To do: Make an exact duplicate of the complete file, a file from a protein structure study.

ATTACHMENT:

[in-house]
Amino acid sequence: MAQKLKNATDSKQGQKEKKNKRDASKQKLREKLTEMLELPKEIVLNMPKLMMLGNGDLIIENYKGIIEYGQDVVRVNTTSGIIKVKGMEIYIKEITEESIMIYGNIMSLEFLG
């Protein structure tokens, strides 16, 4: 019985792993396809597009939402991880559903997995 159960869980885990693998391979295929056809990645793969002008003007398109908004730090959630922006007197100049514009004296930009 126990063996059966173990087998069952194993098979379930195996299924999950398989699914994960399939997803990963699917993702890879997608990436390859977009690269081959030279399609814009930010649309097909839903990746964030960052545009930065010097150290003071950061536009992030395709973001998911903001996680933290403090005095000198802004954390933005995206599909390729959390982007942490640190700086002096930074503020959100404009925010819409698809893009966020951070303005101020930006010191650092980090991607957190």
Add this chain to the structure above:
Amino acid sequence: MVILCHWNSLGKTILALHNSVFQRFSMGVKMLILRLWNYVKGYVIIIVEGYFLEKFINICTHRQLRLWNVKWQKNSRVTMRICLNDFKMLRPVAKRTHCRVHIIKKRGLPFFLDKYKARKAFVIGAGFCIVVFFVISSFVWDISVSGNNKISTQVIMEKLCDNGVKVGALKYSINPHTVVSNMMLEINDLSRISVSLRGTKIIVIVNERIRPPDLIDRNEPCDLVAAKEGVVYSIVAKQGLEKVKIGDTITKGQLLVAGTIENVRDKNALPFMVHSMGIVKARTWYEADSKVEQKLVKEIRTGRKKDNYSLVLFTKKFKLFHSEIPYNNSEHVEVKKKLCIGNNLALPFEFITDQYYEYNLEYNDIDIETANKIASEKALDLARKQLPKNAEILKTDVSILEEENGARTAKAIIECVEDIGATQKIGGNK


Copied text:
[in-house]
Amino acid sequence: MAQKLKNATDSKQGQKEKKNKRDASKQKLREKLTEMLELPKEIVLNMPKLMMLGNGDLIIENYKGIIEYGQDVVRVNTTSGIIKVKGMEIYIKEITEESIMIYGNIMSLEFLG
């Protein structure tokens, strides 16, 4: 019985792993396809597009939402991880559903997995 159960869980885990693998391979295929056809990645793969002008003007398109908004730090959630922006007197100049514009004296930009 126990063996059966173990087998069952194993098979379930195996299924999950398989699914994960399939997803990963699917993702890879997608990436390859977009690269081959030279399609814009930010649309097909839903990746964030960052545009930065010097150290003071950061536009992030395709973001998911903001996680933290403090005095000198802004954390933005995206599909390729959390982007942490640190700086002096930074503020959100404009925010819409698809893009966020951070303005101020930006010191650092980090991607957190």
Add this chain to the structure above:
Amino acid sequence: MVILCHWNSLGKTILALHNSVFQRFSMGVKMLILRLWNYVKGYVIIIVEGYFLEKFINICTHRQLRLWNVKWQKNSRVTMRICLNDFKMLRPVAKRTHCRVHIIKKRGLPFFLDKYKARKAFVIGAGFCIVVFFVISSFVWDISVSGNNKISTQVIMEKLCDNGVKVGALKYSINPHTVVSNMMLEINDLSRISVSLRGTKIIVIVNERIRPPDLIDRNEPCDLVAAKEGVVYSIVAKQGLEKVKIGDTITKGQLLVAGTIENVRDKNALPFMVHSMGIVKARTWYEADSKVEQKLVKEIRTGRKKDNYSLVLFTKKFKLFHSEIPYNNSEHVEVKKKLCIGNNLALPFEFITDQYYEYNLEYNDIDIETANKIASEKALDLARKQLPKNAEILKTDVSILEEENGARTAKAIIECVEDIGATQKIGGNK